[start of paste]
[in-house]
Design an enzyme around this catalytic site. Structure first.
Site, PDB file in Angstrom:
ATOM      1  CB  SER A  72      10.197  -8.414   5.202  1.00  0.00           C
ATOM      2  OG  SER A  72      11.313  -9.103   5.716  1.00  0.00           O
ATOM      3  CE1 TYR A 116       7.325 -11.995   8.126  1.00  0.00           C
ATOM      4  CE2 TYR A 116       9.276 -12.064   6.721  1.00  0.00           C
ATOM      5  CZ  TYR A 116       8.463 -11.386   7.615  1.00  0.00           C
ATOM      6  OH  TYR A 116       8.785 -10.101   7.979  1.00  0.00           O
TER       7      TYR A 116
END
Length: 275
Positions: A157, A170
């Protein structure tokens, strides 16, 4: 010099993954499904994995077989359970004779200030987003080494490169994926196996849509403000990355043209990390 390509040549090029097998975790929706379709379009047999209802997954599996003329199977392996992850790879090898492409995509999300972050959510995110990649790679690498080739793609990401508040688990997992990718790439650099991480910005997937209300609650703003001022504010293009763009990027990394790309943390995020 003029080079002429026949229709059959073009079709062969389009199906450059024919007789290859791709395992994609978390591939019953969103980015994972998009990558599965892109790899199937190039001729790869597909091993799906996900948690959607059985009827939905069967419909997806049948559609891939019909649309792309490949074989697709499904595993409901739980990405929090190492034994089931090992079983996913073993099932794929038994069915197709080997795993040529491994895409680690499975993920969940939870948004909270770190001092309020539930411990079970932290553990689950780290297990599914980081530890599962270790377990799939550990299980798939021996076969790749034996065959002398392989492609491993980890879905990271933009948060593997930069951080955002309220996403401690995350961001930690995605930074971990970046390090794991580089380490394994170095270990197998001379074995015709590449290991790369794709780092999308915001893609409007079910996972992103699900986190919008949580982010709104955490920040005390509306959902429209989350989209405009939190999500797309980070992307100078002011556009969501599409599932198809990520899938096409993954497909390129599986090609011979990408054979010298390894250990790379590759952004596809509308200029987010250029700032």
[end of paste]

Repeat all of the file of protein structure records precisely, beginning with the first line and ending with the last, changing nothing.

[in-house]
Design an enzyme around this catalytic site. Structure first.
Site, PDB file in Angstrom:
ATOM      1  CB  SER A  72      10.197  -8.414   5.202  1.00  0.00           C
ATOM      2  OG  SER A  72      11.313  -9.103   5.716  1.00  0.00           O
ATOM      3  CE1 TYR A 116       7.325 -11.995   8.126  1.00  0.00           C
ATOM      4  CE2 TYR A 116       9.276 -12.064   6.721  1.00  0.00           C
ATOM      5  CZ  TYR A 116       8.463 -11.386   7.615  1.00  0.00           C
ATOM      6  OH  TYR A 116       8.785 -10.101   7.979  1.00  0.00           O
TER       7      TYR A 116
END
Length: 275
Positions: A157, A170
């Protein structure tokens, strides 16, 4: 010099993954499904994995077989359970004779200030987003080494490169994926196996849509403000990355043209990390 390509040549090029097998975790929706379709379009047999209802997954599996003329199977392996992850790879090898492409995509999300972050959510995110990649790679690498080739793609990401508040688990997992990718790439650099991480910005997937209300609650703003001022504010293009763009990027990394790309943390995020 003029080079002429026949229709059959073009079709062969389009199906450059024919007789290859791709395992994609978390591939019953969103980015994972998009990558599965892109790899199937190039001729790869597909091993799906996900948690959607059985009827939905069967419909997806049948559609891939019909649309792309490949074989697709499904595993409901739980990405929090190492034994089931090992079983996913073993099932794929038994069915197709080997795993040529491994895409680690499975993920969940939870948004909270770190001092309020539930411990079970932290553990689950780290297990599914980081530890599962270790377990799939550990299980798939021996076969790749034996065959002398392989492609491993980890879905990271933009948060593997930069951080955002309220996403401690995350961001930690995605930074971990970046390090794991580089380490394994170095270990197998001379074995015709590449290991790369794709780092999308915001893609409007079910996972992103699900986190919008949580982010709104955490920040005390509306959902429209989350989209405009939190999500797309980070992307100078002011556009969501599409599932198809990520899938096409993954497909390129599986090609011979990408054979010298390894250990790379590759952004596809509308200029987010250029700032």